A recovery in transactional activity will be driven by the U.K., followed by the Netherlands, Southern Europe (Spain and Italy) and Poland.

    Industrial assets remain a favorite for investors, with repricing for this asset class happening much faster than for other asset classes, underpinned by stronger rent growth. This is the same story in the residential sector, which continues to see strong demand and durable income streams amid material undersupply, particularly for multifamily and student accommodation.

    Value-add remains the preferred strategy in Europe, mostly because core product is now available at value-add pricing. This strategy will be most popular in markets where pricing has moved the most (U.K. and Netherlands) and in the Nordics, where some public companies are under pressure and may have to offload some core product at value-add pricing. Retail is the one sector in Europe that best suits the value-add story, alongside select office assets in central locations within Tier I markets.”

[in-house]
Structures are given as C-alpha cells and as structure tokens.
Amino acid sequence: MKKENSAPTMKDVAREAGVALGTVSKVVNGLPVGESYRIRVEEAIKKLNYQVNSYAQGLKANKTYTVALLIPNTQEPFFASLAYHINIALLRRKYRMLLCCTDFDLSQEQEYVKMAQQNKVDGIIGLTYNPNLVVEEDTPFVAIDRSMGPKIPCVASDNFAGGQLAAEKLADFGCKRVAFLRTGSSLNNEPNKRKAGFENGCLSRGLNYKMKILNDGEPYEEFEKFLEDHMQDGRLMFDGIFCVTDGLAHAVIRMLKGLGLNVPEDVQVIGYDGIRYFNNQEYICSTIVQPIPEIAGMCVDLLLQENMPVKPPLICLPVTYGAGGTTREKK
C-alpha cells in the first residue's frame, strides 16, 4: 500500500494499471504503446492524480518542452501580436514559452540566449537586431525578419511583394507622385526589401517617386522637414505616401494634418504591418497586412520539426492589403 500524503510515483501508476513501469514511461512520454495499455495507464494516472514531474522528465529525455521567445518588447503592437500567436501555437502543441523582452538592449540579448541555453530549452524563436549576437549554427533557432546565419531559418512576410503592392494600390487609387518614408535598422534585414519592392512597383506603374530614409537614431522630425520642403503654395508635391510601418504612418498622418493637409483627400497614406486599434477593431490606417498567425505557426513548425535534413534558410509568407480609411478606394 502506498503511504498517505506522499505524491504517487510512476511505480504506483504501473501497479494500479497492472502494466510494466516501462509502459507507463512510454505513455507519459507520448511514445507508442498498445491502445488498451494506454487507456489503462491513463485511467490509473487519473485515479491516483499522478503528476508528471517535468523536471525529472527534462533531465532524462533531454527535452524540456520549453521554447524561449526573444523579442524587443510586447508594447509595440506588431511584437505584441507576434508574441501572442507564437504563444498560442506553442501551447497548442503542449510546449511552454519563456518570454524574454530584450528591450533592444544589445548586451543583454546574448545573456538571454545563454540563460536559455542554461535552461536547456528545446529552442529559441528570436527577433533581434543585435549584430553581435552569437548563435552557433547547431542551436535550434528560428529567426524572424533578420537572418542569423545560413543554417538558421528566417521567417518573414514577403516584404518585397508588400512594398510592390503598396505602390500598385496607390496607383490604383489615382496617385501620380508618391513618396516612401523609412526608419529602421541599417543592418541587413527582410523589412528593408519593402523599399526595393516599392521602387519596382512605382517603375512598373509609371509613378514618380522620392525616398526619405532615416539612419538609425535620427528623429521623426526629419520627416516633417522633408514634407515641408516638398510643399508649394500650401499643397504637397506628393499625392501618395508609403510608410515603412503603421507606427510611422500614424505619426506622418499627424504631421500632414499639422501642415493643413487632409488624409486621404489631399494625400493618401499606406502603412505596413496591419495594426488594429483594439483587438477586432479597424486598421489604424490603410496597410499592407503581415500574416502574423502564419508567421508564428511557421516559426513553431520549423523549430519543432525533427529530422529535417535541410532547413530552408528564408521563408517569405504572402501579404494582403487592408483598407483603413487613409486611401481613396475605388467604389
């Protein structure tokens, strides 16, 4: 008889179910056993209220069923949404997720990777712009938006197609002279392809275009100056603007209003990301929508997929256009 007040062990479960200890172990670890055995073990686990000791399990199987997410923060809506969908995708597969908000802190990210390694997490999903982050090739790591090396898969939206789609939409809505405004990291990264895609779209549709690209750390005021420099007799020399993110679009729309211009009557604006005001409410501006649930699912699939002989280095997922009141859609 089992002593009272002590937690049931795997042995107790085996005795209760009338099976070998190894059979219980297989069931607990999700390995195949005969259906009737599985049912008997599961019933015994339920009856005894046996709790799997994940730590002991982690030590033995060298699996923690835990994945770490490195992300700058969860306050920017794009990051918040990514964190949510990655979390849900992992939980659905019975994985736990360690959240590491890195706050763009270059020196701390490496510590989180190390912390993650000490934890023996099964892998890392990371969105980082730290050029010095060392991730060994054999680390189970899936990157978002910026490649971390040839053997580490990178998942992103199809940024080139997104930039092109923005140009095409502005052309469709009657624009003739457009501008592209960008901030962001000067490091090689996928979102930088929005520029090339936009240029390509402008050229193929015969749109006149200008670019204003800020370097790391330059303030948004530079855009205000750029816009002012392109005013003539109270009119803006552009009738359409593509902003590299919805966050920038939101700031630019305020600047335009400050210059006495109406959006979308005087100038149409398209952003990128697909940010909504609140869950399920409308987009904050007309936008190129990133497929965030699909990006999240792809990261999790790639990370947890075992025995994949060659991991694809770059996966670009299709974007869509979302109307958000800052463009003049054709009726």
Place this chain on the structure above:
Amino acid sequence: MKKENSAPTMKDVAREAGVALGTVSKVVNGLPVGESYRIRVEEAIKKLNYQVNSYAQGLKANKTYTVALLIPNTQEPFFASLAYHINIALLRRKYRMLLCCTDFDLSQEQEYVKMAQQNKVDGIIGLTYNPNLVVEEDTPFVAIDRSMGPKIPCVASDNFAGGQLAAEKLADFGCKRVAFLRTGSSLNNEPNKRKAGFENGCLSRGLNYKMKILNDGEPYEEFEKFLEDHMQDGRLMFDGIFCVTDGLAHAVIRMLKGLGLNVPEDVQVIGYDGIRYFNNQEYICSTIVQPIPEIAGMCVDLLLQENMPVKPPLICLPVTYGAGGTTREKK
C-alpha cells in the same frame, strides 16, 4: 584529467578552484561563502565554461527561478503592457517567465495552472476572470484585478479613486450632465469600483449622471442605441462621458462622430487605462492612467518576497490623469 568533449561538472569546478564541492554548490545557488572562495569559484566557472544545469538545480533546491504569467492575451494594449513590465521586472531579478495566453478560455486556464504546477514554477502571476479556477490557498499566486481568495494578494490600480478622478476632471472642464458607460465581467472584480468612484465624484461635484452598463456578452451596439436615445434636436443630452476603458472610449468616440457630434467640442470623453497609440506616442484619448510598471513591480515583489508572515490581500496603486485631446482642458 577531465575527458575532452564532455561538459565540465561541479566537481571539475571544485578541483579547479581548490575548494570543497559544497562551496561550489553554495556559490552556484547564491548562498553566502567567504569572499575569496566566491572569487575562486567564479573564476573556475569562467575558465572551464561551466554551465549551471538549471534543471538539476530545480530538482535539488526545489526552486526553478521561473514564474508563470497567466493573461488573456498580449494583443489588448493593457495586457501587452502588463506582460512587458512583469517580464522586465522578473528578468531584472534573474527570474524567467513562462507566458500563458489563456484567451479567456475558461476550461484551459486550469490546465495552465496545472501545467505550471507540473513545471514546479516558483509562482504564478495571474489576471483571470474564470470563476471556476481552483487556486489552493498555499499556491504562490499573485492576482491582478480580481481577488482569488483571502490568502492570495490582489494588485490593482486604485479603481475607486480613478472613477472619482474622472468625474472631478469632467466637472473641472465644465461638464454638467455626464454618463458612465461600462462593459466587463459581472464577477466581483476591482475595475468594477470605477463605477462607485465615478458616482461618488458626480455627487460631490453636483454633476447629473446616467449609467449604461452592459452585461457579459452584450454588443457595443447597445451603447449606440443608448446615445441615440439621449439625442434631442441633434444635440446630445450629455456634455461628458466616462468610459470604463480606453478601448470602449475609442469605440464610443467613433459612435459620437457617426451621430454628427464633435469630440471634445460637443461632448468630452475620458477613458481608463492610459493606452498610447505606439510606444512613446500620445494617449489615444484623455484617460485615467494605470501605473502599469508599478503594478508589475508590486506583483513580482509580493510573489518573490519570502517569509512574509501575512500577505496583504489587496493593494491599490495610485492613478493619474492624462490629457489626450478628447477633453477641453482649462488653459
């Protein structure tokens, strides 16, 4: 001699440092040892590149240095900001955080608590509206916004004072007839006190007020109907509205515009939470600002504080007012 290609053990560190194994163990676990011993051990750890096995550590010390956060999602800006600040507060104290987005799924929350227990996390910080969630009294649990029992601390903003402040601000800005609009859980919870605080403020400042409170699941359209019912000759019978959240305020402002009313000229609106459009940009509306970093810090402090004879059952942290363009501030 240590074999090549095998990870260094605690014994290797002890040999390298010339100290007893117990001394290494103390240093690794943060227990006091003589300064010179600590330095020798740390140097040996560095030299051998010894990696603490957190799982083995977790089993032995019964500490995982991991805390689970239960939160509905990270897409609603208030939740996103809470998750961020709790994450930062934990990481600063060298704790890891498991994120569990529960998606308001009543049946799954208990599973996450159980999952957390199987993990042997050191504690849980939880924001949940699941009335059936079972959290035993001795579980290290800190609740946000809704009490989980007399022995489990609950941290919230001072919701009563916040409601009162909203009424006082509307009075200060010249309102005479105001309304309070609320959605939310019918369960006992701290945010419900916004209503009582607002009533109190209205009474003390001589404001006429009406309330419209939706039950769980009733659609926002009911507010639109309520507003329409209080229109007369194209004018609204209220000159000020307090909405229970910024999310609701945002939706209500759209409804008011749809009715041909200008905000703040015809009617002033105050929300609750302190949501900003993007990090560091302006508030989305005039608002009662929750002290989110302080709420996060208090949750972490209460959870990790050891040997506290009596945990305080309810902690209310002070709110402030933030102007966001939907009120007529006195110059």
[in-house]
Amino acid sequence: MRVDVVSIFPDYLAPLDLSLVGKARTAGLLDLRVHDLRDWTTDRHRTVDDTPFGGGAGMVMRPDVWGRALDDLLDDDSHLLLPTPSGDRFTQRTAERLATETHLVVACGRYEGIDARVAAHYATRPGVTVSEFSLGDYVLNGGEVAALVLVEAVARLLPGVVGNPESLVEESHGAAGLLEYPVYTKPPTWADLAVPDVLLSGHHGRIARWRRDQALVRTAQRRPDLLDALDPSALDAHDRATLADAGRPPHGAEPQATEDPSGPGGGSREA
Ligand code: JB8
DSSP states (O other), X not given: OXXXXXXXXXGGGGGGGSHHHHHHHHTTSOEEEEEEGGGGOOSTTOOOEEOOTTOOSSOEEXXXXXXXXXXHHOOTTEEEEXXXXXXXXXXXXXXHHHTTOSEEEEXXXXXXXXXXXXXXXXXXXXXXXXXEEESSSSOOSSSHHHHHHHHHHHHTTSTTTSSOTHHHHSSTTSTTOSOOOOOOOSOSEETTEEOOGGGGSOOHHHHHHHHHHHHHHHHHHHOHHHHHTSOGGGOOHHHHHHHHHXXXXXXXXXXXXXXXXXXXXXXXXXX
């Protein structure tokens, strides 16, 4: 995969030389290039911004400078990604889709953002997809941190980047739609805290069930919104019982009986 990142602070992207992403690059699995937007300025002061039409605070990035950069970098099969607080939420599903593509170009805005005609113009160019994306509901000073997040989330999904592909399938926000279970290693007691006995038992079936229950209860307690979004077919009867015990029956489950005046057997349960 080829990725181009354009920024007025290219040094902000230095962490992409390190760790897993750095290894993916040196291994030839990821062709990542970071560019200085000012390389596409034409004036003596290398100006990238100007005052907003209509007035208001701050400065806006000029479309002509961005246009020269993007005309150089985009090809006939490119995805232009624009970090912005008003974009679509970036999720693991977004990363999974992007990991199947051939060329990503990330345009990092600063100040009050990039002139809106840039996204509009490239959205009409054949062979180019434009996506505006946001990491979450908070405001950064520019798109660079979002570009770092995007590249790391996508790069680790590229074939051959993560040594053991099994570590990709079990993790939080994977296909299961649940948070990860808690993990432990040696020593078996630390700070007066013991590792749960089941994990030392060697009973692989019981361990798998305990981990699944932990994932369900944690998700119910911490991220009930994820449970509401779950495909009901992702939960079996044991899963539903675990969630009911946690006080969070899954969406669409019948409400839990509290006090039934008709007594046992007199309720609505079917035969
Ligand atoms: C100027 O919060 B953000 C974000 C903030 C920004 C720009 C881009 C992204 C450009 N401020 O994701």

3. Greg Hyland, Head of Capital Markets (Asia Pacific)

    "Investors are now underwriting that we are at the peak of the interest rate cycle and we are seeing confidence return to the investment market. Interest rate cuts later this year will stimulate investment activity.

    Japan continues to attract significant investor interest due to its low interest rate environment, with expectations that this will continue throughout H1 2024. Once central banks begin cutting interest rates, markets that have been weakest, such as Korea, Australia and Singapore, should see a recovery in investment activity.